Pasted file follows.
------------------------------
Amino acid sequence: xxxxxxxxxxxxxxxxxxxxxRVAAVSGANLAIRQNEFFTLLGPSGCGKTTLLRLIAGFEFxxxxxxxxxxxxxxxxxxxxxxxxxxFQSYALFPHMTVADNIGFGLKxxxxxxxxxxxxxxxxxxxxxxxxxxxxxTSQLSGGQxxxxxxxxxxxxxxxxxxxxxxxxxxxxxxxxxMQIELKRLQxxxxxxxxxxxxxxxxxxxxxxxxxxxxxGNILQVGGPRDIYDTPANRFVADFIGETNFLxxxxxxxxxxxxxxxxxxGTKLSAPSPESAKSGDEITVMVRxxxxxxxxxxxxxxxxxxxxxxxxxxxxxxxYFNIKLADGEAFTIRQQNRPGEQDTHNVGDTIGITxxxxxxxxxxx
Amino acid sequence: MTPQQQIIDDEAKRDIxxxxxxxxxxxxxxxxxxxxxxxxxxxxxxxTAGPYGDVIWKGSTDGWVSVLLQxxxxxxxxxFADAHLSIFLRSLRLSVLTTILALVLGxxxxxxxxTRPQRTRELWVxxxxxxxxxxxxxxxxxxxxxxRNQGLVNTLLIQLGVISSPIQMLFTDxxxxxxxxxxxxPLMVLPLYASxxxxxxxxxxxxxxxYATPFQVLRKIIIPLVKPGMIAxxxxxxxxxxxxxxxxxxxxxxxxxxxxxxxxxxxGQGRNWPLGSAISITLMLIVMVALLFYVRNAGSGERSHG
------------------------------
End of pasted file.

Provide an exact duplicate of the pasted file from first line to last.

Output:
Amino acid sequence: xxxxxxxxxxxxxxxxxxxxxRVAAVSGANLAIRQNEFFTLLGPSGCGKTTLLRLIAGFEFxxxxxxxxxxxxxxxxxxxxxxxxxxFQSYALFPHMTVADNIGFGLKxxxxxxxxxxxxxxxxxxxxxxxxxxxxxTSQLSGGQxxxxxxxxxxxxxxxxxxxxxxxxxxxxxxxxxMQIELKRLQxxxxxxxxxxxxxxxxxxxxxxxxxxxxxGNILQVGGPRDIYDTPANRFVADFIGETNFLxxxxxxxxxxxxxxxxxxGTKLSAPSPESAKSGDEITVMVRxxxxxxxxxxxxxxxxxxxxxxxxxxxxxxxYFNIKLADGEAFTIRQQNRPGEQDTHNVGDTIGITxxxxxxxxxxx
Amino acid sequence: MTPQQQIIDDEAKRDIxxxxxxxxxxxxxxxxxxxxxxxxxxxxxxxTAGPYGDVIWKGSTDGWVSVLLQxxxxxxxxxFADAHLSIFLRSLRLSVLTTILALVLGxxxxxxxxTRPQRTRELWVxxxxxxxxxxxxxxxxxxxxxxRNQGLVNTLLIQLGVISSPIQMLFTDxxxxxxxxxxxxPLMVLPLYASxxxxxxxxxxxxxxxYATPFQVLRKIIIPLVKPGMIAxxxxxxxxxxxxxxxxxxxxxxxxxxxxxxxxxxxGQGRNWPLGSAISITLMLIVMVALLFYVRNAGSGERSHG